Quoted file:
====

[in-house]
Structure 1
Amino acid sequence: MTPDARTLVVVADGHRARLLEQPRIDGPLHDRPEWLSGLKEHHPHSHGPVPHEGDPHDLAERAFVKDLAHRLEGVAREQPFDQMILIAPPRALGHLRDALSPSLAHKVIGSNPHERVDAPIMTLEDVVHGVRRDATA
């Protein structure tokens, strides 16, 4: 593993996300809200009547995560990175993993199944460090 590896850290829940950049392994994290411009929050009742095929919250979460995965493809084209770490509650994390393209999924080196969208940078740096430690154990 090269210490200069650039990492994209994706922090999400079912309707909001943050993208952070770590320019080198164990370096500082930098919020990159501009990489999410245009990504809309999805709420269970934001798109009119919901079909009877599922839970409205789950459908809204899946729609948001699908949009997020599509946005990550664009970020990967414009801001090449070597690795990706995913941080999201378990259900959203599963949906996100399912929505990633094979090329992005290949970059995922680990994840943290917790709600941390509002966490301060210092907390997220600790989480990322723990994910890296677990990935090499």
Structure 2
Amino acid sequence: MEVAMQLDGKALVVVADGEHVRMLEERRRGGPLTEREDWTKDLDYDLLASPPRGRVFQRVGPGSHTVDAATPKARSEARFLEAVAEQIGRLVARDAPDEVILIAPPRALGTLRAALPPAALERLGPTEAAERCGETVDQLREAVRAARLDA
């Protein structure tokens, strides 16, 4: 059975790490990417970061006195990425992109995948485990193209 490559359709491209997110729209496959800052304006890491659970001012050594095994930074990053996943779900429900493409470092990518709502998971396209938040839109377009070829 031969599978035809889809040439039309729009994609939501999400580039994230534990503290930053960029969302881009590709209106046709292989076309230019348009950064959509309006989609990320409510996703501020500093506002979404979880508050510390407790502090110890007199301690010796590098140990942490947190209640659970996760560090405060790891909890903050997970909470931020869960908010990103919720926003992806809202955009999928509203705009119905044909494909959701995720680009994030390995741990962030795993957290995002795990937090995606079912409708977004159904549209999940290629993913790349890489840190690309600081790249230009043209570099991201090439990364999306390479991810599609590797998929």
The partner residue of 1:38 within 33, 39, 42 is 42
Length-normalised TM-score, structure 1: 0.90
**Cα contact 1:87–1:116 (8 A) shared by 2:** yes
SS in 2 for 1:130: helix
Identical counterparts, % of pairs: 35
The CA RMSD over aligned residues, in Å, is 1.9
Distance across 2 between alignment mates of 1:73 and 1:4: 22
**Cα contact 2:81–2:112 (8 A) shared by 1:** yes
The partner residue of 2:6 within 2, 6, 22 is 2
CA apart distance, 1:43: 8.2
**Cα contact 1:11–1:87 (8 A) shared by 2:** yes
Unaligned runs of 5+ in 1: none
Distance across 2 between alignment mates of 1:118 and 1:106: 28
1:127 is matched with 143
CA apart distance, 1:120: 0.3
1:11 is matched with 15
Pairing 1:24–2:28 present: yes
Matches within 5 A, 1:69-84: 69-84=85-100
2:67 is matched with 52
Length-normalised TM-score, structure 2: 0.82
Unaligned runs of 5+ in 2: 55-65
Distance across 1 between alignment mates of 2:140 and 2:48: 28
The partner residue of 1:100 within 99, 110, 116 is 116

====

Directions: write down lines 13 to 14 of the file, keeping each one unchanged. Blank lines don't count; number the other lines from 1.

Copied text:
The CA RMSD over aligned residues, in Å, is 1.9
Distance across 2 between alignment mates of 1:73 and 1:4: 22